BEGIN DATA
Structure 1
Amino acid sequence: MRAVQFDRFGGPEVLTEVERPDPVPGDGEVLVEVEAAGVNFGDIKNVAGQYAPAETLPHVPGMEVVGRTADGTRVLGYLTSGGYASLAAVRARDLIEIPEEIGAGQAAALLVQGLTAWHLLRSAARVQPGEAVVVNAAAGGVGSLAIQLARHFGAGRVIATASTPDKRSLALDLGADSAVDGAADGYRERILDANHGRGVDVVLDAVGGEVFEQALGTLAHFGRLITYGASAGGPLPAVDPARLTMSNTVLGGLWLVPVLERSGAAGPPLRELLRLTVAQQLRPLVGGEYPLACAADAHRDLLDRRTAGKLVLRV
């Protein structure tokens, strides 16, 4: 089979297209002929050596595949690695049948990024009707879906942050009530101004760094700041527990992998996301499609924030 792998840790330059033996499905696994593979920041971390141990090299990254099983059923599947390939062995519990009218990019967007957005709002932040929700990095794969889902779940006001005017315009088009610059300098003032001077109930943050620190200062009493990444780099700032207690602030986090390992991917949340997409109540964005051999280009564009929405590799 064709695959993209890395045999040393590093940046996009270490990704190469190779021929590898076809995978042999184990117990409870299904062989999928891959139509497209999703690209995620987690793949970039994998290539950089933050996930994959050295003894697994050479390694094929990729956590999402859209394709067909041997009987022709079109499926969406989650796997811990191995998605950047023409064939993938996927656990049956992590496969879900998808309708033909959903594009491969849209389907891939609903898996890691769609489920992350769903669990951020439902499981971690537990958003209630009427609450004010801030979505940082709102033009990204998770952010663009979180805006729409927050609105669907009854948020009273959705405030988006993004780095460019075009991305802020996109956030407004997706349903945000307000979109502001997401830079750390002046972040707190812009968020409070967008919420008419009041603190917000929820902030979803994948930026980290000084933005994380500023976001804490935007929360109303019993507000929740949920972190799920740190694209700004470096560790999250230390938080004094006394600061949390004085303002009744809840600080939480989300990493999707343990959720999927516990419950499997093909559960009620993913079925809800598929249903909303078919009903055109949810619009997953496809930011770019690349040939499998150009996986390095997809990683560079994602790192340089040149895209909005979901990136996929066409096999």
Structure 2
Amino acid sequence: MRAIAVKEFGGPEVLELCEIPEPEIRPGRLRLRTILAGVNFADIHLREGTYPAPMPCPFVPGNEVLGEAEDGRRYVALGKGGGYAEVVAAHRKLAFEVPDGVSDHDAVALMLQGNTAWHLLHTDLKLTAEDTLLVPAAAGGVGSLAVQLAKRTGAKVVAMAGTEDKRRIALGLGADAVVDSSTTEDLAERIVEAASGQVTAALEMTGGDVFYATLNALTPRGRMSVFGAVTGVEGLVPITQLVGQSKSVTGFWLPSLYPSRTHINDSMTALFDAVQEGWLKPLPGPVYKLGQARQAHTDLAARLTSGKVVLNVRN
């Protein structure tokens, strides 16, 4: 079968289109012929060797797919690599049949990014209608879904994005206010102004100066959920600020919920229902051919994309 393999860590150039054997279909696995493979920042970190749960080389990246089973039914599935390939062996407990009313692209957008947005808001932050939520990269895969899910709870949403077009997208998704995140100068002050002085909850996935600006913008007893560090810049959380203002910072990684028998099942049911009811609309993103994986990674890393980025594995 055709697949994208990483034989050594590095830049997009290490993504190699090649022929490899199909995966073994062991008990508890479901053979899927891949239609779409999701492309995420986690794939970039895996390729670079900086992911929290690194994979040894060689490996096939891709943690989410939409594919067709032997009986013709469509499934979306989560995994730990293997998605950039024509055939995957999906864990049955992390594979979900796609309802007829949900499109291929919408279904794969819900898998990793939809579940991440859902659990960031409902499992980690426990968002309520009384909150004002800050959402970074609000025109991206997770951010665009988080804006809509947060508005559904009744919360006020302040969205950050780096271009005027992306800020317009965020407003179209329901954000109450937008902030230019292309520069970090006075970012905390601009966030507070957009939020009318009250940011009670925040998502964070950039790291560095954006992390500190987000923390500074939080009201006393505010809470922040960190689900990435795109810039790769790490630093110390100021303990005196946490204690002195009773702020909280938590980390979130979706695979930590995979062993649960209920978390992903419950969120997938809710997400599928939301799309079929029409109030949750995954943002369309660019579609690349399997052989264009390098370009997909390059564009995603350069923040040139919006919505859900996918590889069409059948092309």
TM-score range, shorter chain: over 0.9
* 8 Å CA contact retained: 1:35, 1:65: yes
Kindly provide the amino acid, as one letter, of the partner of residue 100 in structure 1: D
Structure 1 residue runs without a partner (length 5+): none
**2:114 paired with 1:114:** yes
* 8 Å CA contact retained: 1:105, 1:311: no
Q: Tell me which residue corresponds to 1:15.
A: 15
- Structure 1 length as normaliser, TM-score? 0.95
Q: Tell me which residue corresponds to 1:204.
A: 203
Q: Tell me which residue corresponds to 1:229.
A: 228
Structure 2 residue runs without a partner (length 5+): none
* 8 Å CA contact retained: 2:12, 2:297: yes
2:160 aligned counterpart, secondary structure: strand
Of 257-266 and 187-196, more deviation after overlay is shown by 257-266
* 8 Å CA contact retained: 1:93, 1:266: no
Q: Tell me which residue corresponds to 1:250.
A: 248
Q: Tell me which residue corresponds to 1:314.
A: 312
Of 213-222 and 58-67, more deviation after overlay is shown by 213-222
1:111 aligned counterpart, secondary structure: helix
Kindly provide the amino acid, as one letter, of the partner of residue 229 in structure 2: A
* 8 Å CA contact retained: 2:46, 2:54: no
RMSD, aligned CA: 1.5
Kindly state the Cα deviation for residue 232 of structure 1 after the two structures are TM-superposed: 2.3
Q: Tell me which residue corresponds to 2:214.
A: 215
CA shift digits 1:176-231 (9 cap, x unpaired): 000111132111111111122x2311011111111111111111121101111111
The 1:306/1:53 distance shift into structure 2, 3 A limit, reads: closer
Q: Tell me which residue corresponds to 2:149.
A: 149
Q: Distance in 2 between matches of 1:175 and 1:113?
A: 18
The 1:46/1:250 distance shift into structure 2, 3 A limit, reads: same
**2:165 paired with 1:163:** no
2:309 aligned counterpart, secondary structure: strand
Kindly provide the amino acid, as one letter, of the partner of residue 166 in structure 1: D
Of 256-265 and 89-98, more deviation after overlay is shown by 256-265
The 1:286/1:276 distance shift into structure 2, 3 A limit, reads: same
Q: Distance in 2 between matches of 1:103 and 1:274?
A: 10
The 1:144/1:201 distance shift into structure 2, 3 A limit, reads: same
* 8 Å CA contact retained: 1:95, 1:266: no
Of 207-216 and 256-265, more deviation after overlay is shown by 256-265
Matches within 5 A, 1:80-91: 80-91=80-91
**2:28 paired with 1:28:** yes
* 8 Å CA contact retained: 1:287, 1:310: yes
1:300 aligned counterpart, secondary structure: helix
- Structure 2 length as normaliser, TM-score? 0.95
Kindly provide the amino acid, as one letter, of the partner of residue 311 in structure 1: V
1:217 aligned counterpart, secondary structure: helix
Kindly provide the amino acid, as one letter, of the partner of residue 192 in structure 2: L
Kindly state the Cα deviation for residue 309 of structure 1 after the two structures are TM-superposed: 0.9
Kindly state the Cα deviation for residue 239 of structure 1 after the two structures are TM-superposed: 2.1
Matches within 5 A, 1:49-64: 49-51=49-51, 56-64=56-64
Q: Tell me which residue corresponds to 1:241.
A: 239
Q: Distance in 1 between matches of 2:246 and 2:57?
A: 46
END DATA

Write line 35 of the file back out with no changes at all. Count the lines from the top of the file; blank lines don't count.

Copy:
Q: Tell me which residue corresponds to 2:214.